I put up a permanent page with links to all the posts I generated in the course of working through the book.  Even though I am technically finished with the book, I plan to keep it handy as a reference along with my color scales and other color tools I made.

She “Puts It All Together”

So, here I am at the last chapter of  Polymer Clay Color Inspirations, “Putting it All Together.”   To put it all together means using  the lessons learned  in the previous chapters to make a final project-in my case a polymer clay collage box that  corresponds to my paper collage and color palette. To make my project, I covered a cigar box with  multi-part Skinner Blends and canes, and used  back filling,  stamping,  inlay, texturing, and pattern sheets.  You might recognize some materials from earlier exercises.  Here is a picture of my collage and  and some of the clay I used.

Before starting, I auditioned and rejected lots  of patterns and canes.  As I was covering my box, I was constantly applying clay and  taking it off  or applying clay  and baking  and then prying it off! And I made even more patterns and canes in the process  because, as every polymer clay artist or beader knows, no matter how many colors and beads you have, you never have enough.  Never.

I had so much fun trying different things that I don’t consider this time wasted at all.  I took my time and tried not to use  something unless I thought it was right.   I must confess that  I did go against my better judgment a couple of times as I was nearing the end.  But they say that finishing  a project like this  is usually more an act of surrender than the certainty  that it’s as good as it can be.

Here are pictures of some of the canes and patterns I considered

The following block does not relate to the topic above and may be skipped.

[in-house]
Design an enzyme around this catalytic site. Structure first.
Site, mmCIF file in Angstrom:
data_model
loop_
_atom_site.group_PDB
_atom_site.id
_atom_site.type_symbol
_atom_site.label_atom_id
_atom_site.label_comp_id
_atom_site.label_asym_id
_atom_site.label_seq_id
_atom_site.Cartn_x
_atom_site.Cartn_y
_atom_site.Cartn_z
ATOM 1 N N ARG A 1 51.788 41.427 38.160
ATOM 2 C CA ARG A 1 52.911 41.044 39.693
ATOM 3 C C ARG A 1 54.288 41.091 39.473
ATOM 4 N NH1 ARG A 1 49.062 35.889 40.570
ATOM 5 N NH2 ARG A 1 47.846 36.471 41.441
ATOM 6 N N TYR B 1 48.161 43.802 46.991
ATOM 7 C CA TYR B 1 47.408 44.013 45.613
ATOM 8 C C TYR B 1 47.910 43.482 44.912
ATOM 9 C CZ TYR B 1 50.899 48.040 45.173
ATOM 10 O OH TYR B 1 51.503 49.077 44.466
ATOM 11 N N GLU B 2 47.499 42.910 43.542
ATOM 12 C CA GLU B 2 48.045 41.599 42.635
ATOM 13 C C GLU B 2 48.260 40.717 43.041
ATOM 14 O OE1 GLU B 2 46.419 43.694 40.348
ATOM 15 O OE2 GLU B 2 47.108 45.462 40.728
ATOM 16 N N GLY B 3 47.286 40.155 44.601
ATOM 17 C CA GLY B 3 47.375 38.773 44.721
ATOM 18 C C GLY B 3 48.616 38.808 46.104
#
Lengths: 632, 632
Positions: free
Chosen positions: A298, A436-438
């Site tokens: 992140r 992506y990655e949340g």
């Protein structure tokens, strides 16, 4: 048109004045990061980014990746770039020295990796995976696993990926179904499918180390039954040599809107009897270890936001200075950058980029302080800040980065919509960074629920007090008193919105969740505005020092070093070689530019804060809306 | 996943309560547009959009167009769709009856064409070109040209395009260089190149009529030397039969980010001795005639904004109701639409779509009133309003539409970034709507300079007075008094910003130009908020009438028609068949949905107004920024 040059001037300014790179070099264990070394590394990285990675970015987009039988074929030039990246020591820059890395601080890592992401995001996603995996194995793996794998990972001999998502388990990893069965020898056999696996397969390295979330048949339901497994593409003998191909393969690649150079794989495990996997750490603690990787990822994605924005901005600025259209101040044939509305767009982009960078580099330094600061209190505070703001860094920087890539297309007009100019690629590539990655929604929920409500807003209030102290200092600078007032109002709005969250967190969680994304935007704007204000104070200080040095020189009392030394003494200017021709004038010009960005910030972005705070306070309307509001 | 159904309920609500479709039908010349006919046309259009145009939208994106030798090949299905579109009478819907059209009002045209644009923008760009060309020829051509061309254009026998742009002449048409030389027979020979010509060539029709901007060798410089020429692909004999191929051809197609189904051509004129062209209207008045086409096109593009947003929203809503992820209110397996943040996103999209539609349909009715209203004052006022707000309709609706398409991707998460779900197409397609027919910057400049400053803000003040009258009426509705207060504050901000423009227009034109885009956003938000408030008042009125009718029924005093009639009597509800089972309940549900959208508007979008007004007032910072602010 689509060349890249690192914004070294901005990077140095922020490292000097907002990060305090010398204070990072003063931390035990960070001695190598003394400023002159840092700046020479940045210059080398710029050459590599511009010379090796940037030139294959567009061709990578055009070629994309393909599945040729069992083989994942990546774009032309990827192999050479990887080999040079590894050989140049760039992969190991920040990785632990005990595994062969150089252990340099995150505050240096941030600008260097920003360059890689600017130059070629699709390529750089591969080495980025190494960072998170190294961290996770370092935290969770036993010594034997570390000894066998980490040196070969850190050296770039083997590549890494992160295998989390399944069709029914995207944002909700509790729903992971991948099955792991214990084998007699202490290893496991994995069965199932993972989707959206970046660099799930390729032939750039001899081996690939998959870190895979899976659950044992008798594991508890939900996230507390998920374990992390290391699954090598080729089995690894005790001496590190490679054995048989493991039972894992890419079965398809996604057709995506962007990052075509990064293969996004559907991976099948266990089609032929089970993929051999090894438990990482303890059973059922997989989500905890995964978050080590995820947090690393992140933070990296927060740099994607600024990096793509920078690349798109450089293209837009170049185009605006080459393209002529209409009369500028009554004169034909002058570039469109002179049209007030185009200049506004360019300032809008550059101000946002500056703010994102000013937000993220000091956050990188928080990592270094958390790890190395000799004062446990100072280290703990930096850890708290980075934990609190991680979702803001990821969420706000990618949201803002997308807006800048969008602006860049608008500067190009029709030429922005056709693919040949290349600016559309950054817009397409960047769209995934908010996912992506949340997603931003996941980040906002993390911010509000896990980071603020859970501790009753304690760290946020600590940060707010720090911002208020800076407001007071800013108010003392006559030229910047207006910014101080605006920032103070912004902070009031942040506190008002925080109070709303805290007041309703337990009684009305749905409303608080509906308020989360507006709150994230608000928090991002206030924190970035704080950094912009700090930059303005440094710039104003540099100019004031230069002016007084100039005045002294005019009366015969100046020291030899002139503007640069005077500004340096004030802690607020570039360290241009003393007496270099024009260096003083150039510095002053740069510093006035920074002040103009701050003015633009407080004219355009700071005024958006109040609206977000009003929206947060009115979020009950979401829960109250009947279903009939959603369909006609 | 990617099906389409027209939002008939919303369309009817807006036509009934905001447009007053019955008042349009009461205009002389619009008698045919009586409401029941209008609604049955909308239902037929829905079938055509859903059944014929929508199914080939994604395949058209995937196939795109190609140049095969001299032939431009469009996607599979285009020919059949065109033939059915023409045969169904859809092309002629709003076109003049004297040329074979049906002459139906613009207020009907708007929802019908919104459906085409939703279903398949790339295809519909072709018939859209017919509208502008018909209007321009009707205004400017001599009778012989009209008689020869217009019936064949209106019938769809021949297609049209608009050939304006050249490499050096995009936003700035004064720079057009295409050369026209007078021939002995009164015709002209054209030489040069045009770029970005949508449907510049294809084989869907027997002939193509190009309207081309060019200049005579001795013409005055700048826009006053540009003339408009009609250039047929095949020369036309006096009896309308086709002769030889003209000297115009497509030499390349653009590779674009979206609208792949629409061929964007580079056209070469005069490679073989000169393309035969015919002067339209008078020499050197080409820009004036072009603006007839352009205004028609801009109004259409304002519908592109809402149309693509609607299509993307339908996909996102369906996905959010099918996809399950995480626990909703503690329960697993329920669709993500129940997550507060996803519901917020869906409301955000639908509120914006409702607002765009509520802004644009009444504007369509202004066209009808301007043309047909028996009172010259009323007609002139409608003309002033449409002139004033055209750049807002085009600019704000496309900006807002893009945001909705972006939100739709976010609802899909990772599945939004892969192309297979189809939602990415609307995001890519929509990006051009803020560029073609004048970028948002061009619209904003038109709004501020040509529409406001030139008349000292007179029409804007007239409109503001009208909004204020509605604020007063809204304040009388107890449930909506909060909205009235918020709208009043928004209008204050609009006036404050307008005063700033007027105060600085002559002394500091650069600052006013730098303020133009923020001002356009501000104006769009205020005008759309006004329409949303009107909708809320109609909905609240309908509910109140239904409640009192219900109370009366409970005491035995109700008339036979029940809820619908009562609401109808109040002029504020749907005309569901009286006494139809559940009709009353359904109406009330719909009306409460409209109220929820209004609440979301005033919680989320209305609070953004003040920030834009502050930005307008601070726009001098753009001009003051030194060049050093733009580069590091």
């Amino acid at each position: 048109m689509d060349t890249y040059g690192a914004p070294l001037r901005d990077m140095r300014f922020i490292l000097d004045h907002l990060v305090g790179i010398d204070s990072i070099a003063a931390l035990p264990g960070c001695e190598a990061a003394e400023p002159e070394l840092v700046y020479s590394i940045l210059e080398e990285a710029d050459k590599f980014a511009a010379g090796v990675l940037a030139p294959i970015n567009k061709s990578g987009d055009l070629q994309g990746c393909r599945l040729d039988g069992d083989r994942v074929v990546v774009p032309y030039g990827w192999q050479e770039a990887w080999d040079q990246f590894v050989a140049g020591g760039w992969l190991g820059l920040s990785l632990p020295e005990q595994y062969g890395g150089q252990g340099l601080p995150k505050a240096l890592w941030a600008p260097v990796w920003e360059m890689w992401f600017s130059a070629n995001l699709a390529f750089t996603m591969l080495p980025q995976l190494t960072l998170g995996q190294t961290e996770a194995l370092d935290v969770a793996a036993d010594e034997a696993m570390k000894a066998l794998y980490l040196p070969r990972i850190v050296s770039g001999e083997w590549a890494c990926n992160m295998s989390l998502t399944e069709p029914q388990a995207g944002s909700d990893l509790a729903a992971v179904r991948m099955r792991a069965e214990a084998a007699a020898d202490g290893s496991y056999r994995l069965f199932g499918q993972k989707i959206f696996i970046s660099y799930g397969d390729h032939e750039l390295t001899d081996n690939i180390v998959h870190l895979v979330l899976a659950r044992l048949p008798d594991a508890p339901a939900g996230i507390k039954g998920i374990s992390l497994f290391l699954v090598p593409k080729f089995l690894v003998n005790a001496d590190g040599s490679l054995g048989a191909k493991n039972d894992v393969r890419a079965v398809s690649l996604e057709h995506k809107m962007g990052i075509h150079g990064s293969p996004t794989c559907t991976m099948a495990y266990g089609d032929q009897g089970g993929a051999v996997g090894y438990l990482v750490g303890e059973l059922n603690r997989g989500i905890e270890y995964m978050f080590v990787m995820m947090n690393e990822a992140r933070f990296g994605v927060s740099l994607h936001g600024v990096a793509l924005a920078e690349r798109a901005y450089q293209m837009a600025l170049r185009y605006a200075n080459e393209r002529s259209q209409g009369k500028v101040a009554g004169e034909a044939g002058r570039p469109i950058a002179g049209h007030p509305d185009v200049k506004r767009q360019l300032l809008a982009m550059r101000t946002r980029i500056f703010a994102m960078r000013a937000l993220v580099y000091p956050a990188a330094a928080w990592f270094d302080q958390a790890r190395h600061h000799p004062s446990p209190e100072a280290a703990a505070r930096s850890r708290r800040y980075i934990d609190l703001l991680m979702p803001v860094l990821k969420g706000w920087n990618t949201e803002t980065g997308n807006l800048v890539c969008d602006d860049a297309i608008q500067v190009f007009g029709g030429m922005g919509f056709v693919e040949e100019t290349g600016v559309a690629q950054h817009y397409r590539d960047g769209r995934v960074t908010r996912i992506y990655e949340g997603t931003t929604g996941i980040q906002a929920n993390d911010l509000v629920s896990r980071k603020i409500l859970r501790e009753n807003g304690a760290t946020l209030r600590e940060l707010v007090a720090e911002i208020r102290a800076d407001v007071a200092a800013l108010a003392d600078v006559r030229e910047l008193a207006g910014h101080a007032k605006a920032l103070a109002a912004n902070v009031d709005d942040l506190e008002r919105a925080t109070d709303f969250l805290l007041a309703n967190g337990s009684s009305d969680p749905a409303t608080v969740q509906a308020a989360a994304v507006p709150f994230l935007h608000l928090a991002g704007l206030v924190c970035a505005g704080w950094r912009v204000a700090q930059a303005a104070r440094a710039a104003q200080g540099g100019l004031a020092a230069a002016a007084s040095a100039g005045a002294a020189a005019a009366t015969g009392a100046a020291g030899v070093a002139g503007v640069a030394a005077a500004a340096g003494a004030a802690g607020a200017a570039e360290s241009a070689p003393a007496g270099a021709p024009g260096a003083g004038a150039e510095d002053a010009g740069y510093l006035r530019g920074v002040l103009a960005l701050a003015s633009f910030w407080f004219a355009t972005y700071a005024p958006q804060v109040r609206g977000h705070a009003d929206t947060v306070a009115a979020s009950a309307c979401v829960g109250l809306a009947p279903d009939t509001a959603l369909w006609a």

Somehow, everything came together in the collage box.  I am still not one hundred percent that I made all the right choices, but I do like the majority of them.    And one of the hardest things in art is knowing when you’re done, isn’t it?

One last time: the top of the box, the collage,  and a sampling of the materials from which I made my selections.

My next post on Polymer Clay Color Explorations will be the  “course evaluation.”

Texture Sampler Pendant

Here is the latest in my foray into Polymer Clay Color Inspirations.  We are on the second half on Chapter Nine, “Exploring Texture and Pattern in Your Colors.”
Texture has an influence on color because it affects the way light interacts with surfaces.   And even the light from different times of day can can affect color (as anyone who’s  been disappointed with a paint color that looked great in the store knows.)     The goal of  making the Texture Sampler Pendant  was to get a hands on view of how texture and pattern affect color.  In this exercise, you are directed to make a tapered pyramid shape and cover each side with a different texture.  I had plenty of left over bits from my color scale mixing, so I had lots of colors to choose from.     I had fun making  lots of different texture samples, but I could only use four on the pendant.

Since  my collage some texture in it, most notably the bumps on the flower pot and the sea horses,  I applied little balls of clay in different collage colors to  one side of the pendant.  I  tried to pick up the oranges and the greens on the second side with the “Dimensional Oval Cutout” technique from the book. I attempted  to mimic the leaves in the collage with overlapping cane slices on the third side, and I  used slices of another cane topped with indented dots on the fourth side.

I decided not to use the option antiquing the textures with paint.   I deviated from the exercises with the “hat” of disk beads at the tip and I used slices from a striped cane to separate the segments rather then twisting two colors together.
With the exception of  faux techniques, I have rarely used textures in my polymer clay work before.  I think that’s about to change.   Here are some pictures.

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Mosaic Leaf Brooch Exercise

We’re still on Chapter Eight of Polymer Clay Color Explorations. looking at contrast and proportion.  The Mosaic Leaf Brooch Exercise is something I would have never tried on my own and the results I got surprised me.  I didn’t like what I thought I would like and background colors that looked blah to me perked up when I incorporated them into the brooch.